Buy vs Rent Index in India

Buy vs Rent

Buy vs Rent? That is a touch choice. Today many young professionals are looking a property investment as a good option to save on rents as well as build an asset which will help them have a safe roof/shelter for a long term. However, in many instances buying property may not be the only solution, because renting might be cheaper or work financially better off. Buying vs. Renting is a key decision that many people face.

Buy vs Rent

For example Hariharan who was earlier based in Kerala and relocated to Bangalore a few years ago. He was asking a friend “Should I buy a property or continue to live in a rented accommodation?” His friend asks him about his total budget and Hariharan says it is around Rs.30 lakhs (maximum).

Based on this limit the friend recommends a few locations to consider. But still his friend says that if the price is not affordable Hariharan could stay on rent in affordable localities.

One way to decide whether to buy or rent (buy vs rent) is to work out a cash flow analysis and find out which is a better option. The factors to take in to account would include regular cash inflow or outflows in rent and buy scenarios. In case of renting the cash outflow would be the monthly rental payments.

In case of buying the cash outflow would be the EMI, while cash inflows would be savings on rents (assuming you occupy the same house) and savings on tax on account of taking a housing loan. In addition to these you can also factor in the increase in property prices.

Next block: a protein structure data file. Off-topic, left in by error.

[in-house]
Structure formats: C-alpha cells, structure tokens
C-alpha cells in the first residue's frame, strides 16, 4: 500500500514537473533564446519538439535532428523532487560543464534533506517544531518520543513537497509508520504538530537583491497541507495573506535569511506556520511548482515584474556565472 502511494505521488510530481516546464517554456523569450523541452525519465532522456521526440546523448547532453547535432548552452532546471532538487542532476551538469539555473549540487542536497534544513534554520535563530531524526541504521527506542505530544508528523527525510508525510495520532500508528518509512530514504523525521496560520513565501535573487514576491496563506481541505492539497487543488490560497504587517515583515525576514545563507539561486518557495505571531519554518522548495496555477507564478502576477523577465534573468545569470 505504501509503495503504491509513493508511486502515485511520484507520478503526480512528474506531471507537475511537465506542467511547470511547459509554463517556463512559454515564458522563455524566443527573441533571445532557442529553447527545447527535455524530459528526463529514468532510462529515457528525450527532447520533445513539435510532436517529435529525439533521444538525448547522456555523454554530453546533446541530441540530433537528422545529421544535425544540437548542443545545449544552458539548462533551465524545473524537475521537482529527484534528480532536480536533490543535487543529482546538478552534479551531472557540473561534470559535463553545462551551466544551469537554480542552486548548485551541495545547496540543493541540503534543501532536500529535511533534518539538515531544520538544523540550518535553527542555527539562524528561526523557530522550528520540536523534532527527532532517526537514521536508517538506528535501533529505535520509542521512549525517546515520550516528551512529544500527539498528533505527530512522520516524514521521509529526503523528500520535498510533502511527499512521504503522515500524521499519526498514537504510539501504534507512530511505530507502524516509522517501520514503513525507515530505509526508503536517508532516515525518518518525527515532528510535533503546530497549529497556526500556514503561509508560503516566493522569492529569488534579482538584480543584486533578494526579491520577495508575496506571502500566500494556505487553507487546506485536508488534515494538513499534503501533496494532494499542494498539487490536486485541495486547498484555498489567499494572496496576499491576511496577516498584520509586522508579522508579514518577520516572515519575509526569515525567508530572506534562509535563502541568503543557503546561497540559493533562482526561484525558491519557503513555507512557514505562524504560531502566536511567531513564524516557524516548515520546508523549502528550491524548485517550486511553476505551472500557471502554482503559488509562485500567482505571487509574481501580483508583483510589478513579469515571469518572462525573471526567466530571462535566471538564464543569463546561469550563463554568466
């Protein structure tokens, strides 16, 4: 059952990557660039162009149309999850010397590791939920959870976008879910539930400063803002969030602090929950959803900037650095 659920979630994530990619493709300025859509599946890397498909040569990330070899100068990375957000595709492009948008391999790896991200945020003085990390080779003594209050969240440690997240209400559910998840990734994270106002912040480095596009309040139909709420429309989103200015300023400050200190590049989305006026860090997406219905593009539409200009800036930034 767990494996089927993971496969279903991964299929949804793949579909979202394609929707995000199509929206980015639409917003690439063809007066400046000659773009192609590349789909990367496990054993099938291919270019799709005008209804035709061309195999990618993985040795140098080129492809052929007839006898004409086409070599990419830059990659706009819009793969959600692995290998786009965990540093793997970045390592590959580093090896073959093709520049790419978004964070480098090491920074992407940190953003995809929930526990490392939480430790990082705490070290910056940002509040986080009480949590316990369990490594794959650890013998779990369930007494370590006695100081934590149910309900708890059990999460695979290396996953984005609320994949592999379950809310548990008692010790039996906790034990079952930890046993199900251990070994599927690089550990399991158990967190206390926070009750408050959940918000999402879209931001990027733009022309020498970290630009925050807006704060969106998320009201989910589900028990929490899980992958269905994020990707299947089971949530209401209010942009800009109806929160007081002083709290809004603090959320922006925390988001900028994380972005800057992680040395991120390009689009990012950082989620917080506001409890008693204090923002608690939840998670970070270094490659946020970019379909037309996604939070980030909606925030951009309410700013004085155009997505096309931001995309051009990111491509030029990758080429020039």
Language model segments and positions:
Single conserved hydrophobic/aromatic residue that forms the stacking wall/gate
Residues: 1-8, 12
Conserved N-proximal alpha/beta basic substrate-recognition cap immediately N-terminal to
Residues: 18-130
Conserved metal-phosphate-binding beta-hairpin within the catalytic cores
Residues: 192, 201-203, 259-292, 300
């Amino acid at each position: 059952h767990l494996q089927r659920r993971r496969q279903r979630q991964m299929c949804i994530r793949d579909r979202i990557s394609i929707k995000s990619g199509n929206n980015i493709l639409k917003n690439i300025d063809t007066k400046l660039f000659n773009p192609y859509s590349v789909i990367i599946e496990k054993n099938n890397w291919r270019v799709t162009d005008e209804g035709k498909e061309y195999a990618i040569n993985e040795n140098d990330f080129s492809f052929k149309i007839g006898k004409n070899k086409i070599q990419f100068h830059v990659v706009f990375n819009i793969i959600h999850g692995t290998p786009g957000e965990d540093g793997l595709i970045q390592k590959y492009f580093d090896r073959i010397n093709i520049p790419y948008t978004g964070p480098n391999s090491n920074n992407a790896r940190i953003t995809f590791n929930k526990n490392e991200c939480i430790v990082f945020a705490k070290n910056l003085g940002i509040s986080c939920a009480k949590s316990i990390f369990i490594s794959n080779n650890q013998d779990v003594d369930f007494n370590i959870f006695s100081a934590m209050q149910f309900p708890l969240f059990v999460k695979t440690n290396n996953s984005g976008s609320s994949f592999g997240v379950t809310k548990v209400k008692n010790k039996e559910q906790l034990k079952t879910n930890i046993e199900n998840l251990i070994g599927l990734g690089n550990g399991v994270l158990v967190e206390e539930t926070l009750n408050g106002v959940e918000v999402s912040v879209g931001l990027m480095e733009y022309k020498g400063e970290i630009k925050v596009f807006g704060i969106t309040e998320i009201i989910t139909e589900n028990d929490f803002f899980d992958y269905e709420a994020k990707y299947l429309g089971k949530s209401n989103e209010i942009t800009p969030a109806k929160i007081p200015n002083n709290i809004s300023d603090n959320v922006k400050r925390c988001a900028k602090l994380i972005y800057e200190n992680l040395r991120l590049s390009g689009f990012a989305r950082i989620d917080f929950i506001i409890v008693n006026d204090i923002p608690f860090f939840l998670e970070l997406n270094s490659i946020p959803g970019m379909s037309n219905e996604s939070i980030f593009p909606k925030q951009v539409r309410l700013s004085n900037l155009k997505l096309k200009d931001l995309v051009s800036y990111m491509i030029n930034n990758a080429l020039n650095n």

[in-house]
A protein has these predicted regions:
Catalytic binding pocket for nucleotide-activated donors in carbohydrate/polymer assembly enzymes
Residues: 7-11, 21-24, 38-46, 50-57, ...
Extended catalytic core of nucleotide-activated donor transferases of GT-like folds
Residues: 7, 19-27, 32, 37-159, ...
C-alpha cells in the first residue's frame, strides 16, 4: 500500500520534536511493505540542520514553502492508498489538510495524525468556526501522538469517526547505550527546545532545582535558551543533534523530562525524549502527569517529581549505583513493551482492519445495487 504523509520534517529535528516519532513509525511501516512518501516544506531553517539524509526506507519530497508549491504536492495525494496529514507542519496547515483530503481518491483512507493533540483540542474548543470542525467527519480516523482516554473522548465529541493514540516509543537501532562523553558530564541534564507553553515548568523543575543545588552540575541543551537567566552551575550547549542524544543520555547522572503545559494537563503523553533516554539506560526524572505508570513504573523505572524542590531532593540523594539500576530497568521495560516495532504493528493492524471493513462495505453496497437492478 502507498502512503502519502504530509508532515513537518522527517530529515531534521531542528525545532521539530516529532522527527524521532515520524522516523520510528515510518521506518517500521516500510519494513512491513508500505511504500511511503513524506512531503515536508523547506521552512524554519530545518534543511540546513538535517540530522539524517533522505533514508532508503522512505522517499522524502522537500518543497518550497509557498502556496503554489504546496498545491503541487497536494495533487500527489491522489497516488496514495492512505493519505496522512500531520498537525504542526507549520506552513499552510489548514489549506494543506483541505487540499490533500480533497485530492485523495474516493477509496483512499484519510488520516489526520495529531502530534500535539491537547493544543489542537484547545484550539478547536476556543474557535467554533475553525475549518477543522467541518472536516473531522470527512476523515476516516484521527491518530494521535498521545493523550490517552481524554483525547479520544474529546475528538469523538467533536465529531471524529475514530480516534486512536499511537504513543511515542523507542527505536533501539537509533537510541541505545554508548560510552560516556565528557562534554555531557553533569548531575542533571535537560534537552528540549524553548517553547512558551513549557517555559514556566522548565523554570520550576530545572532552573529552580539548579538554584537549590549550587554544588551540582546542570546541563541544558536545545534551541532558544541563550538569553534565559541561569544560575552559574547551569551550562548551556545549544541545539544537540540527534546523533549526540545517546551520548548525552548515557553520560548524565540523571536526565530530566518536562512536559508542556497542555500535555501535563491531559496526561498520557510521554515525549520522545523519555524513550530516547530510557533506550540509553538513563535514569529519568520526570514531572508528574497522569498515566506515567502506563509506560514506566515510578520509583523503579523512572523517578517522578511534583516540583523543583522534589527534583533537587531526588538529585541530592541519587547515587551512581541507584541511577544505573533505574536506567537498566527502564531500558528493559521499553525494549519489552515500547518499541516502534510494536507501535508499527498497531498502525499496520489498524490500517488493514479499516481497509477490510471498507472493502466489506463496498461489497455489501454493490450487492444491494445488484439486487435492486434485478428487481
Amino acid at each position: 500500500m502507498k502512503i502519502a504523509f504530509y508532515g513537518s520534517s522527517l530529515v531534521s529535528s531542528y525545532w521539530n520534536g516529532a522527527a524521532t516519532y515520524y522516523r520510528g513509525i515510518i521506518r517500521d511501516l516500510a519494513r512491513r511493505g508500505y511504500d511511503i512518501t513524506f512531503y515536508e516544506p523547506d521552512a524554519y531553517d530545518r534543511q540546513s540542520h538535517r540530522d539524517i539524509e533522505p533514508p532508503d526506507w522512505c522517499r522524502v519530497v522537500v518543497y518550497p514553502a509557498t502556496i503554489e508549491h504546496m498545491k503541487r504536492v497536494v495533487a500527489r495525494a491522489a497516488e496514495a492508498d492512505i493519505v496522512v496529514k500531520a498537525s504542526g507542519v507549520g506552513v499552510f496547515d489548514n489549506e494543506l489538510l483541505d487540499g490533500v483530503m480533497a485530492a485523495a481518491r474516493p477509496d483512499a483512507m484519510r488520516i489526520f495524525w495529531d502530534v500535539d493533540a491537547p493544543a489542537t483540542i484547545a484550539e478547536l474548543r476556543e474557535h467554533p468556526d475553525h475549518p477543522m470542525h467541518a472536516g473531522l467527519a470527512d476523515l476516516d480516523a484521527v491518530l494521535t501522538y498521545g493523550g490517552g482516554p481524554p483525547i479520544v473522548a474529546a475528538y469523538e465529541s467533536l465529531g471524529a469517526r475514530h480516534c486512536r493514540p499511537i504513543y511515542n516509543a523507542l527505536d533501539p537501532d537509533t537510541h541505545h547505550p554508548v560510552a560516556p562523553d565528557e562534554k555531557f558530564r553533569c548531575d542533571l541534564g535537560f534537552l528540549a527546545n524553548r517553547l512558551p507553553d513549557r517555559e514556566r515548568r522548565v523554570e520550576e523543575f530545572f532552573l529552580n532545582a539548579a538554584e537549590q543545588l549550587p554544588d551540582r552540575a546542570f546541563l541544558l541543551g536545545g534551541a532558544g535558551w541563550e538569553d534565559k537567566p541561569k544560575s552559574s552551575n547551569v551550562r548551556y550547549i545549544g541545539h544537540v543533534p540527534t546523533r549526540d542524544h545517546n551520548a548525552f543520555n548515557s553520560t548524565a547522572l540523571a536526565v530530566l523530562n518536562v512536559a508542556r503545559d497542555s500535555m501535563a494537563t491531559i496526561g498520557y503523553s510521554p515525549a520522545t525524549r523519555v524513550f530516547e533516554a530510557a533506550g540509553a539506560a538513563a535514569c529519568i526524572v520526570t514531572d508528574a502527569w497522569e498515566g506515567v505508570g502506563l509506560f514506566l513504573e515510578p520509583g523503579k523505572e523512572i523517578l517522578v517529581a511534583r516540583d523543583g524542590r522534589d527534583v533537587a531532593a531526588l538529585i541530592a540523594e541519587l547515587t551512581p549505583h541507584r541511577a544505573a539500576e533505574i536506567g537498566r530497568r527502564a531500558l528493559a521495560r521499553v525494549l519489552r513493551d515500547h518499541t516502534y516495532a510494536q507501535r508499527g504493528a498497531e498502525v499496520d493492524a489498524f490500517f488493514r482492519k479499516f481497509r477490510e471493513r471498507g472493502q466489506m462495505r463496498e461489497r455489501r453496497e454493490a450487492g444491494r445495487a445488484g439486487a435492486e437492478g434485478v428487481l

Does this sound simple? Even if you can understand this, it cannot capture future events or projections 100% because your rental outflows (if you stay on rent) keeps increasing, and relocations can force you to move to expensive areas with higher rents. So this is not as easy as it sounds, but still can work well.

Makaan’s Buy vs Rent Index

Most of us don’t have a reliable tool or sufficient data to analyze property prices and rents. So if there was an indicator (such as Nifty for equity markets) to decide on Buying or Renting decision it would make our life simpler.

This is what Makaan’s Buy vs. Rent Index launched recently tries to achieve. The index known as Buy Vs. Rent Index (MBRI) aims to help property seekers make informed choice between buying and renting in different Indian cities or towns. This also covers different regions of a city.

What is MBRI?

It is a numerical value just like any other index, which is arrived at after taking in to account various factors such as

  • Average capital value of property
  • Average Rental Value
  • Rental Yield
  • Historical Price movement
  • Historical rental movement and
  • Inflation

Low MBRI: Indicates it is less expensive to buy than rent.

High MBRI: Indicates it is more expensive to buy than rent.

MBRI Methodology



• Area Coverage: Each city is divided in to sub-cities or micro-markets. Prices of properties in these locations available on listings and with’s sales force is updated regularly. Cities such as Ahmedabad, Bangalore, Chennai, Delhi-NCR, Hyderabad, Mumbai, and Pune. More cities will be added in the future.

• Database: The index is based on data across 32 micro-markets and a minimum database of 20,000 data points every month.

• New & Resale Properties: The index covers a broad representation of both new and resale properties. Most data sources cover newer developments but sale of older properties and resale is not available.